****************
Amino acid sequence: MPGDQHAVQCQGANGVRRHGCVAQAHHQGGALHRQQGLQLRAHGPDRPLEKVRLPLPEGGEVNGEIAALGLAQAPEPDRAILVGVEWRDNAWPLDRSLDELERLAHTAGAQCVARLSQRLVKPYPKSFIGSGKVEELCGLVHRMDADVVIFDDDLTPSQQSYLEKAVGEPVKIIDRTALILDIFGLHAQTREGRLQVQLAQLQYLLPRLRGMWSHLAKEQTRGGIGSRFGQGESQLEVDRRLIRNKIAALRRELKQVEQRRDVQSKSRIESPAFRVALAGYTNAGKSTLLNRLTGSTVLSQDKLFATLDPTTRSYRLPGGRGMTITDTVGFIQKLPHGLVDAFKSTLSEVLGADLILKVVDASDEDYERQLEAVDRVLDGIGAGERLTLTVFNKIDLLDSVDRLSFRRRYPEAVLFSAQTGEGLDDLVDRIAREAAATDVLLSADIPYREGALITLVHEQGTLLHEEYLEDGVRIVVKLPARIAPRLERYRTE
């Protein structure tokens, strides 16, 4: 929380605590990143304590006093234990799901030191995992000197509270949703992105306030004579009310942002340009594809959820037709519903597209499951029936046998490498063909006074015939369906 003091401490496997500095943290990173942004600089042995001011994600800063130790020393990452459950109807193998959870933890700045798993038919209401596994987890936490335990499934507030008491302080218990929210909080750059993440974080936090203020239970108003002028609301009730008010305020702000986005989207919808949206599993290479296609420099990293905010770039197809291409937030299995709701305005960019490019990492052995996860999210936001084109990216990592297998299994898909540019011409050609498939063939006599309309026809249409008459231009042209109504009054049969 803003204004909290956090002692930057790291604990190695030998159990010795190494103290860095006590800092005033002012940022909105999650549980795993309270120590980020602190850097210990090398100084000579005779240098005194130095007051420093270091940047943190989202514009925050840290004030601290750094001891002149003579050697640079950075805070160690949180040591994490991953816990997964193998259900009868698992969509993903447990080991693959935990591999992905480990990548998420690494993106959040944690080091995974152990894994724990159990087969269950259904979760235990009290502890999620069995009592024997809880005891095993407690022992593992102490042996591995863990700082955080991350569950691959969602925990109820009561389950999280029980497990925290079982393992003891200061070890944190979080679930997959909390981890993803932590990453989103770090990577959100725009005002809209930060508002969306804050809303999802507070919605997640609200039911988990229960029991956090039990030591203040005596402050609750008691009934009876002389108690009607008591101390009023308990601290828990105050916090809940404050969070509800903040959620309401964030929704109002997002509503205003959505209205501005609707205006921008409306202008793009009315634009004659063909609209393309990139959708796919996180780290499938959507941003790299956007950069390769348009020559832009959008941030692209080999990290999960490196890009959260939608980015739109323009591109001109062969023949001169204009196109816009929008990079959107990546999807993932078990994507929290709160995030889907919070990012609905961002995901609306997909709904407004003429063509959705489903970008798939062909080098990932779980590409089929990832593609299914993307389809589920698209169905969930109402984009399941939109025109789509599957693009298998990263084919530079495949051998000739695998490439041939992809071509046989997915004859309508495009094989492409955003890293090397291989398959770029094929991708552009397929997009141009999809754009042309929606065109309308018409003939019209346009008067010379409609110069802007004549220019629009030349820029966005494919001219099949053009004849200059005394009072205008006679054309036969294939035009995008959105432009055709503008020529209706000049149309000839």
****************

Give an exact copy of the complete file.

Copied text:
Amino acid sequence: MPGDQHAVQCQGANGVRRHGCVAQAHHQGGALHRQQGLQLRAHGPDRPLEKVRLPLPEGGEVNGEIAALGLAQAPEPDRAILVGVEWRDNAWPLDRSLDELERLAHTAGAQCVARLSQRLVKPYPKSFIGSGKVEELCGLVHRMDADVVIFDDDLTPSQQSYLEKAVGEPVKIIDRTALILDIFGLHAQTREGRLQVQLAQLQYLLPRLRGMWSHLAKEQTRGGIGSRFGQGESQLEVDRRLIRNKIAALRRELKQVEQRRDVQSKSRIESPAFRVALAGYTNAGKSTLLNRLTGSTVLSQDKLFATLDPTTRSYRLPGGRGMTITDTVGFIQKLPHGLVDAFKSTLSEVLGADLILKVVDASDEDYERQLEAVDRVLDGIGAGERLTLTVFNKIDLLDSVDRLSFRRRYPEAVLFSAQTGEGLDDLVDRIAREAAATDVLLSADIPYREGALITLVHEQGTLLHEEYLEDGVRIVVKLPARIAPRLERYRTE
């Protein structure tokens, strides 16, 4: 929380605590990143304590006093234990799901030191995992000197509270949703992105306030004579009310942002340009594809959820037709519903597209499951029936046998490498063909006074015939369906 003091401490496997500095943290990173942004600089042995001011994600800063130790020393990452459950109807193998959870933890700045798993038919209401596994987890936490335990499934507030008491302080218990929210909080750059993440974080936090203020239970108003002028609301009730008010305020702000986005989207919808949206599993290479296609420099990293905010770039197809291409937030299995709701305005960019490019990492052995996860999210936001084109990216990592297998299994898909540019011409050609498939063939006599309309026809249409008459231009042209109504009054049969 803003204004909290956090002692930057790291604990190695030998159990010795190494103290860095006590800092005033002012940022909105999650549980795993309270120590980020602190850097210990090398100084000579005779240098005194130095007051420093270091940047943190989202514009925050840290004030601290750094001891002149003579050697640079950075805070160690949180040591994490991953816990997964193998259900009868698992969509993903447990080991693959935990591999992905480990990548998420690494993106959040944690080091995974152990894994724990159990087969269950259904979760235990009290502890999620069995009592024997809880005891095993407690022992593992102490042996591995863990700082955080991350569950691959969602925990109820009561389950999280029980497990925290079982393992003891200061070890944190979080679930997959909390981890993803932590990453989103770090990577959100725009005002809209930060508002969306804050809303999802507070919605997640609200039911988990229960029991956090039990030591203040005596402050609750008691009934009876002389108690009607008591101390009023308990601290828990105050916090809940404050969070509800903040959620309401964030929704109002997002509503205003959505209205501005609707205006921008409306202008793009009315634009004659063909609209393309990139959708796919996180780290499938959507941003790299956007950069390769348009020559832009959008941030692209080999990290999960490196890009959260939608980015739109323009591109001109062969023949001169204009196109816009929008990079959107990546999807993932078990994507929290709160995030889907919070990012609905961002995901609306997909709904407004003429063509959705489903970008798939062909080098990932779980590409089929990832593609299914993307389809589920698209169905969930109402984009399941939109025109789509599957693009298998990263084919530079495949051998000739695998490439041939992809071509046989997915004859309508495009094989492409955003890293090397291989398959770029094929991708552009397929997009141009999809754009042309929606065109309308018409003939019209346009008067010379409609110069802007004549220019629009030349820029966005494919001219099949053009004849200059005394009072205008006679054309036969294939035009995008959105432009055709503008020529209706000049149309000839």